Almost every successful person working in Hollywood sticks to his or her thing that they like. You would never see, say, David Fincher doing slapstick gross-out comedy, or Michael Bay directing a Jane Austen-type movie (unless, maybe, if the Little Women were also fighter pilots).
But sometimes these folks, with their well-defined comfort zones, lend a hand to movies so bizarrely out-of-character for them it's like they only did it to say, "There, I can do other stuff too. Happy?"
#8. It's Pat Was Co-Written by Quentin Tarantino
Based on a Saturday Night Live sketch where the audience couldn't tell whether the obnoxious character Pat was a man or a woman, the comedy movie It's Pat tells the story of ... the exact same joke. For 77 minutes. Oh, and It's Pat is now considered one of the worst movies of all time, universally panned by critics and moviegoers alike. By which we mean like 70 people tops, seeing as it was only ever shown in three cities.
"What hath SNL wrought?"
But it was made by ...
Quentin Tarantino. No, really. He co-wrote it.
The guy who made Reservoir Dogs, Pulp Fiction and Kill Bill has an ego so massive that according to science, it should have long ago collapsed on itself like a neutron star. But one thing's for sure: All of Tarantino's movies are violent and bloody, and if Uma Thurman is in any of them, something horrible is going to happen to her.
Remember when I had you overdose on heroin, then get stabbed
in the heart, shotgunned, coma-raped and buried alive? Memories ...
For mysterious reasons that will forever remain lost to history, Tarantino never demanded official credit for co-writing It's Pat, which he did in the first place because he was friends with the character's creator, Julia Sweeney. This pretty much makes Tarantino the greatest friend in the history of ever. The extent of our friendship involves maybe lending our friends $20 if they put their firstborn as collateral. Tarantino, on the other hand, is the type of friend who helps you write a movie where a sexually ambiguous Julia Sweeney romances an even sexually ambiguer Dave Foley.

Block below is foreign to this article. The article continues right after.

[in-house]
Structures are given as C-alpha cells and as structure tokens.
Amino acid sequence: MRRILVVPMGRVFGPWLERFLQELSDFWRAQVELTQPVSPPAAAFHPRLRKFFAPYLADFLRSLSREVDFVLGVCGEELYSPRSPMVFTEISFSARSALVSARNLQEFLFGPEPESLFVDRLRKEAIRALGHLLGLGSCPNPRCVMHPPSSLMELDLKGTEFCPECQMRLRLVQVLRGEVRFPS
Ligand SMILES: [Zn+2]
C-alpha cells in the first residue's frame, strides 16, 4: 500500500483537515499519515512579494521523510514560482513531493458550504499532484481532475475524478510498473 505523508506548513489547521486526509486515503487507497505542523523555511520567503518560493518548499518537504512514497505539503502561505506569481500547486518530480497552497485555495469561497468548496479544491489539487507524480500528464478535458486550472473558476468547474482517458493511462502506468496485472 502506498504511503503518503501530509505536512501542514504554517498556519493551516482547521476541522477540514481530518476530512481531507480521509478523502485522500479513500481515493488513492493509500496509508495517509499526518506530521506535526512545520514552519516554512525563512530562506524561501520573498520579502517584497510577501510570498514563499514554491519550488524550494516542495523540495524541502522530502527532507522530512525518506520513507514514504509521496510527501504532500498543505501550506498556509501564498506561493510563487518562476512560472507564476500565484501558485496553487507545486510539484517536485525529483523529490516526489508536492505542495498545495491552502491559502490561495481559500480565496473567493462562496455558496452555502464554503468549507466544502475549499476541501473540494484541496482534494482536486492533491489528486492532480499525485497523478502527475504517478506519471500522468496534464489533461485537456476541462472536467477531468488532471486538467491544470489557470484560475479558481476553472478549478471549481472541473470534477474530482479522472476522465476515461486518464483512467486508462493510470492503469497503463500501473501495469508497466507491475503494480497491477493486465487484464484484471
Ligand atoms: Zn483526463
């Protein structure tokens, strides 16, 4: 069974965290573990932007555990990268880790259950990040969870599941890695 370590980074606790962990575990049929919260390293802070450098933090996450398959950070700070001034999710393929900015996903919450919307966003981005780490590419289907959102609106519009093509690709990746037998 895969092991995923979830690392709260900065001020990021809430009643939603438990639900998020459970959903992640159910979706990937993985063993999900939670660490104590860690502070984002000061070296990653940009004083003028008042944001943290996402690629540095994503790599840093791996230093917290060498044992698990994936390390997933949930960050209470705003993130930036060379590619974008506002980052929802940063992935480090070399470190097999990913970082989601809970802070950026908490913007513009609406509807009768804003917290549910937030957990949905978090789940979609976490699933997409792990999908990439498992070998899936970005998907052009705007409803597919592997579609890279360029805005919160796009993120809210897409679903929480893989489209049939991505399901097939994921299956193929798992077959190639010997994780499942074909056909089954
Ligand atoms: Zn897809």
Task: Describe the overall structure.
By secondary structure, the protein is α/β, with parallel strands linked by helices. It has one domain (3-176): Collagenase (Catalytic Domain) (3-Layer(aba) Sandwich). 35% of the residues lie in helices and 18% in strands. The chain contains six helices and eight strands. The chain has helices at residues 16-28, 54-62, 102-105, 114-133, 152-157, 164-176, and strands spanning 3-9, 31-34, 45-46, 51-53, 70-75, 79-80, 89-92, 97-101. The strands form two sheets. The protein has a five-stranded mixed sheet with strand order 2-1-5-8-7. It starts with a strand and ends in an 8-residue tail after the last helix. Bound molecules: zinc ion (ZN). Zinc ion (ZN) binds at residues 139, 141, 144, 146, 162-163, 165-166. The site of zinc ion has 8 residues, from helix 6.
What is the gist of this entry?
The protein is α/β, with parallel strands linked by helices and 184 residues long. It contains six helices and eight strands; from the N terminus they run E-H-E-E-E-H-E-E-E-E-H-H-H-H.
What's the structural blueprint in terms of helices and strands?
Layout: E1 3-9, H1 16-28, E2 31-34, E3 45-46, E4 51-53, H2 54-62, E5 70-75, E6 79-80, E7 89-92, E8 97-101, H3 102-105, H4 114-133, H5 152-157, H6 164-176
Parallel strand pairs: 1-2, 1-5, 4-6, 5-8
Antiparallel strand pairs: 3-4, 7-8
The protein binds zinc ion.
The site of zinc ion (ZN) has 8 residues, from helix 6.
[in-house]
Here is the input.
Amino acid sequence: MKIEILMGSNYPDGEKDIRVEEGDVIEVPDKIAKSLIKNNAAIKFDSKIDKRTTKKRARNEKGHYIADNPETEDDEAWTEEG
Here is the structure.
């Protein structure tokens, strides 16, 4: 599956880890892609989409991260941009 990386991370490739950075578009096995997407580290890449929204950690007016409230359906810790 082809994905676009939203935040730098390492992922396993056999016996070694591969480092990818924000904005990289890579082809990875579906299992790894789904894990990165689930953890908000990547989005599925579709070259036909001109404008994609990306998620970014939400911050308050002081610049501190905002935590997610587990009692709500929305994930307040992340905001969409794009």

#7. Three Men and a Baby was Directed by Leonard Nimoy
A comedy about three bachelors -- portrayed by Magnum, Mahoney and Malone -- suddenly having to take care of Malone's illegitimate child and, of course, deciding to keep it by the end of the movie. They also come across heroin dealers at one point, because this was your typical "1980s shenanigans" type of film.
We hear smack is great on teething.
But it was made by ...
Leonard Nimoy, aka Spock. With all due respect to the man whose acting career has spanned 60 years, Nimoy is and always will be Star Trek's Spock, the pointy-eared space Buddhist and object of frankly a disturbing amount of homoerotic fanfiction. Three Men and a Baby was directed by none other than Nimoy right after he came off shooting his Star Trek IV, which we can't imagine being a smooth transition.
Originally titled Anthropological Studies of Earth's Single Males Faced With Forced Fatherhood.
Before you start worrying that we no longer can tell reality from fiction, it's not like we think Nimoy really is the calculating, emotionless Spock. We know it, because the man admitted himself that the role has greatly influenced his character and personality over the years. But now, in light of that, we don't know what to think about the fact that Three Men and a Baby was the highest-grossing production of '87 and the most successful remake of a French film in movie history.